Nor will there merely be a difference in his coming; there will be a most distinct and apparent difference in his person. He will be the same, so that we shall be able to recognise him as the Man of Nazareth, but O how changed! Where now the carpenter's smock? Royalty hath now assumed its purple. Where now the toil-worn feet that needed to be washed after their long journeys of mercy? They are sandaled with light, they “are like unto fine brass as if they burned in a furnace.” Where now the cry, “Foxes have holes and the birds of the air have nests, but I, the Son of Man, have not where to lay my head?” Heaven is his throne; earth is his foot-stool. Methinks in the night visions, I behold the day dawning. And to the Son of Man there is given “dominion, and glory, and a kingdom, that all people, nations, and languages, should serve him.” Ah! who would think to recognise in the weary man and full of woes, the King eternal, immortal, invisible Who would think that the humble man, despised and rejected, was the seed-corn out of which there should grow that full com in the ear, Christ all-glorious, before whom the angels veil their faces and cry, “Holy, holy, holy, Lord God of Sabaoth!” He is the same, but yet how changed! Ye that despised him, will ye despise him now?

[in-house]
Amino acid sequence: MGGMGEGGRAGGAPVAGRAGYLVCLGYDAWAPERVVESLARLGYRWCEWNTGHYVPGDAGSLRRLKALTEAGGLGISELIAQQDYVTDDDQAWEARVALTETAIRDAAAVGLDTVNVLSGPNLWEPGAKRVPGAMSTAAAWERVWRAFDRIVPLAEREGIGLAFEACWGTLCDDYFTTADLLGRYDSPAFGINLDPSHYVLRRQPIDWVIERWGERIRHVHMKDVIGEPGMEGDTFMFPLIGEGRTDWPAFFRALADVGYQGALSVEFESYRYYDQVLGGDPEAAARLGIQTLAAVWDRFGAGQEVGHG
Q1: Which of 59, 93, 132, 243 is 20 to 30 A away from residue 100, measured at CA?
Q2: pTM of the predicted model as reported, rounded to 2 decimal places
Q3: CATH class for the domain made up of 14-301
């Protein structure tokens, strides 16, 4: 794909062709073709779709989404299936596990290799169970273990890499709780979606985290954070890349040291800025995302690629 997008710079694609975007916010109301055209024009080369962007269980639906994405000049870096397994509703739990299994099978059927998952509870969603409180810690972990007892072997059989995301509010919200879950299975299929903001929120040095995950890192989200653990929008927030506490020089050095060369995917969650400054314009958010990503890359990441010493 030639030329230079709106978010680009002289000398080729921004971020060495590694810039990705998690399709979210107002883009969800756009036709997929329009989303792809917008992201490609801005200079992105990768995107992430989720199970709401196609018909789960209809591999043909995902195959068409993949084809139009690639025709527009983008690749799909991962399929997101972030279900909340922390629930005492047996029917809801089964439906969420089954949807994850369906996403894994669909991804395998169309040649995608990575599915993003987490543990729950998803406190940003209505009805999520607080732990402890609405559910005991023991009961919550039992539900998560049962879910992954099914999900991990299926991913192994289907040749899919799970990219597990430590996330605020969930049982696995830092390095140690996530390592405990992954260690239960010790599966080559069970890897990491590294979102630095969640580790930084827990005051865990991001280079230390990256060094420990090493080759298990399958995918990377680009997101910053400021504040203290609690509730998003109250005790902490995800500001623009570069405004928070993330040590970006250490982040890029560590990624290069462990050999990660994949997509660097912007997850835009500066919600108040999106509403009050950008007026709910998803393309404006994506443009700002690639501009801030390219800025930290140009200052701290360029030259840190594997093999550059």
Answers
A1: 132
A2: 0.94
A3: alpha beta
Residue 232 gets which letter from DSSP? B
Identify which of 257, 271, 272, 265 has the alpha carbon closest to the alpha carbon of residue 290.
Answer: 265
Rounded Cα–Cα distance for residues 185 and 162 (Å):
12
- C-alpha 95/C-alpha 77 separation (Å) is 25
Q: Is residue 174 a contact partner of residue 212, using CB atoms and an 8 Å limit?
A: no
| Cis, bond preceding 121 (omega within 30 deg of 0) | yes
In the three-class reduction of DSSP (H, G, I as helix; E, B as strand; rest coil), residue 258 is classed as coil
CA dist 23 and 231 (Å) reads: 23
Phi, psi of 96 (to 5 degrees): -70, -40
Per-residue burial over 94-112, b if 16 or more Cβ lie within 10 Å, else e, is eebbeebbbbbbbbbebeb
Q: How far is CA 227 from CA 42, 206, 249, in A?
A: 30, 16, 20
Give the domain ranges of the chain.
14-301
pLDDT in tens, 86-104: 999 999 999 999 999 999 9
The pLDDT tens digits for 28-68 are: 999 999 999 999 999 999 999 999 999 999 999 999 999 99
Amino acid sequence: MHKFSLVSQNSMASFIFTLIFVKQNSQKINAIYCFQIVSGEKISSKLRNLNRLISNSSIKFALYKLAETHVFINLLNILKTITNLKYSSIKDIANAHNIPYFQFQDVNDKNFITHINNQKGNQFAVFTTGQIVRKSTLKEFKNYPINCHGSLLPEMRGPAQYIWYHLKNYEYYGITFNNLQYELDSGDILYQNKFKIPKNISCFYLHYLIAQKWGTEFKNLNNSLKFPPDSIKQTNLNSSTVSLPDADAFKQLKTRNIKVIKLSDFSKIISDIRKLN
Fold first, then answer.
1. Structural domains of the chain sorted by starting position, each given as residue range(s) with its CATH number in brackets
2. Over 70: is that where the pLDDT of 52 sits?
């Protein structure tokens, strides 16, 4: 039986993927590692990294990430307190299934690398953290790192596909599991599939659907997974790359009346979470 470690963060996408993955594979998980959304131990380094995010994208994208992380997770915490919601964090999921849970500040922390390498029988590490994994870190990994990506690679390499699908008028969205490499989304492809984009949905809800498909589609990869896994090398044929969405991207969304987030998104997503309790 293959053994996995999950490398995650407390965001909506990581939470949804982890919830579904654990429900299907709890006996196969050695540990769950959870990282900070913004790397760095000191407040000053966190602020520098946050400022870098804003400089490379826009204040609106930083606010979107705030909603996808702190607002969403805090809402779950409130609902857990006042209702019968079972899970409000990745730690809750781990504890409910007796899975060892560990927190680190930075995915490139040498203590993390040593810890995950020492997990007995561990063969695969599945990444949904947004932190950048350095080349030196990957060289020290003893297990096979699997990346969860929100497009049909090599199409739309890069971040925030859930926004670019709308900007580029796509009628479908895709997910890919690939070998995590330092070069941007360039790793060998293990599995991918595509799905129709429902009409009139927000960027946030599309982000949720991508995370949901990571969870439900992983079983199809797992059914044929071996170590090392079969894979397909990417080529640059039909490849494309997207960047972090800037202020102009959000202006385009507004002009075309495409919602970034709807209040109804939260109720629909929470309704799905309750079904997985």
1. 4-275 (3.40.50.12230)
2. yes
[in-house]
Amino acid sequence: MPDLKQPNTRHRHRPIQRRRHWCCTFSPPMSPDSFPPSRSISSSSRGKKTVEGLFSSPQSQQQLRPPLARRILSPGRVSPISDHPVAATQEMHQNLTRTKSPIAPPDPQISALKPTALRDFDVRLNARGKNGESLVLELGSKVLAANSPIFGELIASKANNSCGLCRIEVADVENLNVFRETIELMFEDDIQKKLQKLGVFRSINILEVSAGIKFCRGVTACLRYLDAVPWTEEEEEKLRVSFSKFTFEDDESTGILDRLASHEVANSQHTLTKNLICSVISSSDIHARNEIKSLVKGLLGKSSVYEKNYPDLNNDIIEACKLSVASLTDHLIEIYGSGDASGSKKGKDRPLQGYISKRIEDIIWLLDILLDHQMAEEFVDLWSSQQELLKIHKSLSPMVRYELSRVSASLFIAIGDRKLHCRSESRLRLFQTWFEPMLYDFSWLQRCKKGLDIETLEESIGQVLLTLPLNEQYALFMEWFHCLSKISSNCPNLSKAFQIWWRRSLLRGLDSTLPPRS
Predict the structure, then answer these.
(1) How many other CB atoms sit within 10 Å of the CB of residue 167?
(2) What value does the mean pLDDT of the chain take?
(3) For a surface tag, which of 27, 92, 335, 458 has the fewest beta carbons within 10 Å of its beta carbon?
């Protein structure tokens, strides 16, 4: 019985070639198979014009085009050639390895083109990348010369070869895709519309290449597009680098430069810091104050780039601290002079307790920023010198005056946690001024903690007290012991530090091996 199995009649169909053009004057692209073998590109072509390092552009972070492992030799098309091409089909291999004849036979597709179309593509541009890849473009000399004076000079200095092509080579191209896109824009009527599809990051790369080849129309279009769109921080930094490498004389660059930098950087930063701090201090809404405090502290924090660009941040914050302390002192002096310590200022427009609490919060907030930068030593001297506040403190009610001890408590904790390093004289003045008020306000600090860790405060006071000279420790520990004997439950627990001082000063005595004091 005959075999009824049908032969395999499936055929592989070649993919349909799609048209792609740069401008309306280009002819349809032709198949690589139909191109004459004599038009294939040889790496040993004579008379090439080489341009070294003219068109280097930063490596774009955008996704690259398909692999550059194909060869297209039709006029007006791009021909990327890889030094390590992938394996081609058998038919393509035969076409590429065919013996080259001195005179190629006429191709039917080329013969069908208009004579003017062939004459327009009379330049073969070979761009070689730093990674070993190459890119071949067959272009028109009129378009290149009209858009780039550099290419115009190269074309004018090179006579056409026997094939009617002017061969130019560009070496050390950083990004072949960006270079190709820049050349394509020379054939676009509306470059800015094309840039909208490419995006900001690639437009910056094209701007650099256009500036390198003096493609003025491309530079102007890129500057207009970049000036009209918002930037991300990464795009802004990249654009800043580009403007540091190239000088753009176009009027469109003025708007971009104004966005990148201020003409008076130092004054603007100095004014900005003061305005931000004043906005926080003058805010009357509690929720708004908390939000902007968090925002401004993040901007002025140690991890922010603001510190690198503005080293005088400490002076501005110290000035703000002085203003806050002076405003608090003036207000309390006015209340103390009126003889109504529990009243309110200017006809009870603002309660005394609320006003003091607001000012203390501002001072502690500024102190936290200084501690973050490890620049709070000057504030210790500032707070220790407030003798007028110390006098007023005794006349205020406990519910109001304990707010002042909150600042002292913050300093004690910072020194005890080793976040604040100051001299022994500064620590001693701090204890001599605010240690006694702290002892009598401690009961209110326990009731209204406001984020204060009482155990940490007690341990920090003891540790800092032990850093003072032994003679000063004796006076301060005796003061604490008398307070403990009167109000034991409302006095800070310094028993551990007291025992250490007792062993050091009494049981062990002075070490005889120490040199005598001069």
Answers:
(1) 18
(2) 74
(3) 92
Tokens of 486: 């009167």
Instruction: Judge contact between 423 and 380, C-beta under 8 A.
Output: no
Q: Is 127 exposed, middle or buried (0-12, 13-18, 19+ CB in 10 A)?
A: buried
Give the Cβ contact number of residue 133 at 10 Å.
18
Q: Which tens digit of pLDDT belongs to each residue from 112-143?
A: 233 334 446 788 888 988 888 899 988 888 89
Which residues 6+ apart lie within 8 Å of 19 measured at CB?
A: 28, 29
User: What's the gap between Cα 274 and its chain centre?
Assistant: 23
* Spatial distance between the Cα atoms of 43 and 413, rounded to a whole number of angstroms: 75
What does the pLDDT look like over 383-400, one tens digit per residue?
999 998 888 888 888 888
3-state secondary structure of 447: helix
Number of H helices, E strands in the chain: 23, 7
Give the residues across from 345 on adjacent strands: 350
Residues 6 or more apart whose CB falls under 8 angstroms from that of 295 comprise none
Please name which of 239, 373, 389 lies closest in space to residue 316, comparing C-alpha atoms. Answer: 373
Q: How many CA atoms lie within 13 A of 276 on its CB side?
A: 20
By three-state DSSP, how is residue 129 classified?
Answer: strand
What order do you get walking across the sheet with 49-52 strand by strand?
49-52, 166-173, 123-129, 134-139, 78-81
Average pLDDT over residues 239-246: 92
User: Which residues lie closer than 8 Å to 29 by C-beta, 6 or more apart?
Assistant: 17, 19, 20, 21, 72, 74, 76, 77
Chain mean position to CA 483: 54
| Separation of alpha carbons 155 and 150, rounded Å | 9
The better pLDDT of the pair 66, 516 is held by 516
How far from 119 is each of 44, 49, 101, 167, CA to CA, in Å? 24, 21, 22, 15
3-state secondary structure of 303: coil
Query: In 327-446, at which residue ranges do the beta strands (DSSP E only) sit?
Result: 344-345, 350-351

Imagine the judgment-day has come, and let this vast audience represent the gathering of the last dreadful morning. Now ye who despised his cross, come forward and insult his throne! Now ye who said he was a mere man, come near and resist him, while he proves himself to be your Creator! Now, ye who said, “We will not have this man to reign over us,” say it now if you dare; repeat now if you dare your bold presumptuous defiance! What! are ye silent? Do you turn your backs and flee? Verily, verily, so was it said of you of old. They that hate him shall flee before him. His enemies shall lick the dust. They shall cry to the rocks to cover them, and to the hills to hide them from his face. How changed, I say, will he be in the appearance of his person.